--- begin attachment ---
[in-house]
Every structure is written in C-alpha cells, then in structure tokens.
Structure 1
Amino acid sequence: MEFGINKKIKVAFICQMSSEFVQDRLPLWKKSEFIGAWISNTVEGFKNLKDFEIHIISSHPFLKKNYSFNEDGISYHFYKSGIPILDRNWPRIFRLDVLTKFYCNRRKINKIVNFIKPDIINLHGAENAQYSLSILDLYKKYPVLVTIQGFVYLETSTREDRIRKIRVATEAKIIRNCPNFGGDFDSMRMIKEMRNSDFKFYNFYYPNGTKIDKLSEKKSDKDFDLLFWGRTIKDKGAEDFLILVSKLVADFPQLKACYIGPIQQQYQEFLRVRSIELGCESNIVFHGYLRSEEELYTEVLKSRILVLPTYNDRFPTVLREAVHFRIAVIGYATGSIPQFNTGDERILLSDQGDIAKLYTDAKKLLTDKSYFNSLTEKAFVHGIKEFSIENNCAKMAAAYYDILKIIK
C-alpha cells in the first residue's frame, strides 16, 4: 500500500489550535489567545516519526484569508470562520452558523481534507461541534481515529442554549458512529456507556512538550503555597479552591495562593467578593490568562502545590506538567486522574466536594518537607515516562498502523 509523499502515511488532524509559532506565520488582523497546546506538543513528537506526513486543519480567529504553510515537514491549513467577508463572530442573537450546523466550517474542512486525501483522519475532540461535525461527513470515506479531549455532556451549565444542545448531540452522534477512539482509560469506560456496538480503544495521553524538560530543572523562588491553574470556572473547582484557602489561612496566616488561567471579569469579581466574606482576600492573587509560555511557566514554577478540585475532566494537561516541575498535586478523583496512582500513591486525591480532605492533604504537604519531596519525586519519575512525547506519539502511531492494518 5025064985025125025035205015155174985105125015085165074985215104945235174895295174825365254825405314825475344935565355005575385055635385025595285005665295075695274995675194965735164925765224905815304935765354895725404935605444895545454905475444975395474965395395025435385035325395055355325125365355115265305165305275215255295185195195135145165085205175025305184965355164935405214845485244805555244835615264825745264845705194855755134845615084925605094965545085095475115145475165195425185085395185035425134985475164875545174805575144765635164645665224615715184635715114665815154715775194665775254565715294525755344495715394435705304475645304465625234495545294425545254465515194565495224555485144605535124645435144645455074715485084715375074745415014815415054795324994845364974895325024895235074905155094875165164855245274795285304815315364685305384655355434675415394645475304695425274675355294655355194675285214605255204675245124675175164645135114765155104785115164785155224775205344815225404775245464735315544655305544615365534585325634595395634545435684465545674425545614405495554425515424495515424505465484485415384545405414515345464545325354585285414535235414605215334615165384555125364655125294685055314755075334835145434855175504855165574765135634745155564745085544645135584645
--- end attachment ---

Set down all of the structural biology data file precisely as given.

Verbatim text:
[in-house]
Every structure is written in C-alpha cells, then in structure tokens.
Structure 1
Amino acid sequence: MEFGINKKIKVAFICQMSSEFVQDRLPLWKKSEFIGAWISNTVEGFKNLKDFEIHIISSHPFLKKNYSFNEDGISYHFYKSGIPILDRNWPRIFRLDVLTKFYCNRRKINKIVNFIKPDIINLHGAENAQYSLSILDLYKKYPVLVTIQGFVYLETSTREDRIRKIRVATEAKIIRNCPNFGGDFDSMRMIKEMRNSDFKFYNFYYPNGTKIDKLSEKKSDKDFDLLFWGRTIKDKGAEDFLILVSKLVADFPQLKACYIGPIQQQYQEFLRVRSIELGCESNIVFHGYLRSEEELYTEVLKSRILVLPTYNDRFPTVLREAVHFRIAVIGYATGSIPQFNTGDERILLSDQGDIAKLYTDAKKLLTDKSYFNSLTEKAFVHGIKEFSIENNCAKMAAAYYDILKIIK
C-alpha cells in the first residue's frame, strides 16, 4: 500500500489550535489567545516519526484569508470562520452558523481534507461541534481515529442554549458512529456507556512538550503555597479552591495562593467578593490568562502545590506538567486522574466536594518537607515516562498502523 509523499502515511488532524509559532506565520488582523497546546506538543513528537506526513486543519480567529504553510515537514491549513467577508463572530442573537450546523466550517474542512486525501483522519475532540461535525461527513470515506479531549455532556451549565444542545448531540452522534477512539482509560469506560456496538480503544495521553524538560530543572523562588491553574470556572473547582484557602489561612496566616488561567471579569469579581466574606482576600492573587509560555511557566514554577478540585475532566494537561516541575498535586478523583496512582500513591486525591480532605492533604504537604519531596519525586519519575512525547506519539502511531492494518 5025064985025125025035205015155174985105125015085165074985215104945235174895295174825365254825405314825475344935565355005575385055635385025595285005665295075695274995675194965735164925765224905815304935765354895725404935605444895545454905475444975395474965395395025435385035325395055355325125365355115265305165305275215255295185195195135145165085205175025305184965355164935405214845485244805555244835615264825745264845705194855755134845615084925605094965545085095475115145475165195425185085395185035425134985475164875545174805575144765635164645665224615715184635715114665815154715775194665775254565715294525755344495715394435705304475645304465625234495545294425545254465515194565495224555485144605535124645435144645455074715485084715375074745415014815415054795324994845364974895325024895235074905155094875165164855245274795285304815315364685305384655355434675415394645475304695425274675355294655355194675285214605255204675245124675175164645135114765155104785115164785155224775205344815225404775245464735315544655305544615365534585325634595395634545435684465545674425545614405495554425515424495515424505465484485415384545405414515345464545325354585285414535235414605215334615165384555125364655125294685055314755075334835145434855175504855165574765135634745155564745085544645135584645